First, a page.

RE: future DVD?

Ralph Huntzinger (
Wed, 11 Oct 2000 11:09:52 -0700 (PDT)

Great stream -- interesting branches. Hopefully there will be more
discussion at Media Market and that will be reported here (in all its
glory, not just the sanitized version.)
However, let's not forget what part of the "business" most of us claim
to be (or have been) in: librarianship of some sort. A concern for
content is part of our professional duties just like stewardship of public
funds and providing requested materials for our "public(s)". 90% of what
we supply may be "trash", hopefully it is balanced by the 10% that may be
"treasure" -- my old daddy used to say that "one man's trash is another
man's treasure is another man's ...

I'll fade into the background and concentrate on creating illusions and
wonder -- but, don't forget the basics.

Ralph Huntzinger
King County Library System
155 days left but who's counting

On Wed, 11 Oct 2000, Darryl Wiggers wrote:

> At one point Gary Handman says (in part) "The lessons here are: Content has
> nothing to do with anything anymore." Forgive me, but I think this is
> important so I'll repeat it again: "Content has nothing to do with anything
> anymore."
> I highlight this not because I'm thrilled to hear it (though I derive a
> sense of "So what? More DVDs for Christmas. Yipee!" from the writer) but
> because, thus far, I think it's the most succinct and accurate statement in
> this thread. I see it everyday. Already I'm meeting 20-something folks who
> refuse to watch anything unless it's on DVD. The lack of picture sharpness
> on VHS now repulses them much like how my generation reacted to black &
> white movies 20 or so years ago. Even if a movie title interests them, they
> would rather wait to see if it comes out on DVD. If not, they'll simply opt
> for what is available. Preferably a newer title because older films weren't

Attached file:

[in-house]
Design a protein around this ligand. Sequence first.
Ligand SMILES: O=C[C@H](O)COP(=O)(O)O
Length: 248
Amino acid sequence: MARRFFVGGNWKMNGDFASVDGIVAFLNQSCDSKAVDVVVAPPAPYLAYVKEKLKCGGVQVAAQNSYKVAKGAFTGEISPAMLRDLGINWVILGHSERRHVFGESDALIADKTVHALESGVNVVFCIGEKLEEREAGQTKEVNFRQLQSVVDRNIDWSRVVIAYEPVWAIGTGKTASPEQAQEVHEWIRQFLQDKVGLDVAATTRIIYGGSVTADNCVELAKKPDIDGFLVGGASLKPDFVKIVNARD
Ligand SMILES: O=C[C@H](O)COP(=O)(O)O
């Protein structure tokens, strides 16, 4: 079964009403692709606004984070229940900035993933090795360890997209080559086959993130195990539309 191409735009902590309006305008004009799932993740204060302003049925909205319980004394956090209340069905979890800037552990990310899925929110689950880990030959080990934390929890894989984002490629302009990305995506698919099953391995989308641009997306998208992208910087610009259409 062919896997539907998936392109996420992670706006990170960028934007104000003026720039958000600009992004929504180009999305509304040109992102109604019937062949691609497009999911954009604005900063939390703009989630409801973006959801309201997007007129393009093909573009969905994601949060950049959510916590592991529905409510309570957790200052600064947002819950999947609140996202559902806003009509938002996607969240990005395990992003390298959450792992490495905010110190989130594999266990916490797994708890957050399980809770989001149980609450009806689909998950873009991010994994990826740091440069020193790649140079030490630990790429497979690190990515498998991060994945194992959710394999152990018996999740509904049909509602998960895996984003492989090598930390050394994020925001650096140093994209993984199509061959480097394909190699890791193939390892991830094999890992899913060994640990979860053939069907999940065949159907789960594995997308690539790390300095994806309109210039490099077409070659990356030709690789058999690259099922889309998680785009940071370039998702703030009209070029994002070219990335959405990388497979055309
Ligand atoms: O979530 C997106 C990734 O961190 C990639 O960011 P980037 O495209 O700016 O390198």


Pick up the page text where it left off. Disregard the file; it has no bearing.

> made with Stereo Dolby Digital 5.1. Ultimately "content has nothing to do
> with anything anymore."
> A number of list members have already predicted that many titles will be
> forever lost because they don't make the DVD transition (is there any
> doubt?). But I also think it's obvious few will care because "content has
> nothing to do with anything anymore."
> In the last few months I've been checking out some of the latest DVD titles,
> and the "goodies" everyone seems to love. I find it interesting that most of
> these "goodies" (an interesting, positive term) are actually marketing
> elements, such as the Terminator 3-D ride on the T2 DVD, or the LL Cool J CD
> on Any Given Sunday. Even standard features like chapter selection and
> language selection are listed as "extras" or "Special Features" -- I assume
> because most people are incapable of realizing the deception. Again,
> "content has nothing to do with anything anymore."
> So I turn my attention back to broadcasting where, even in the days of VHS,
> a far wider selection of films are made available. And now, with digital
> signals, the quality of the picture is even better. But, gradually, more and
> more commercials creep in. And corporate logos are burned onto the bottom
> right-hand corner. And content is cut because it is deemed offensive, or
> they need more room for commercials. And, ultimately, few will care anyway
> because "content has nothing to do with anything anymore."
> And someday it'll be reported on the TV news: "Hooray! It's official!
> Culture is Dead -- Marketing Rules!" And most of us will stare blankly at
> our TV screens because "content has nothing to do with anything anymore."
> dw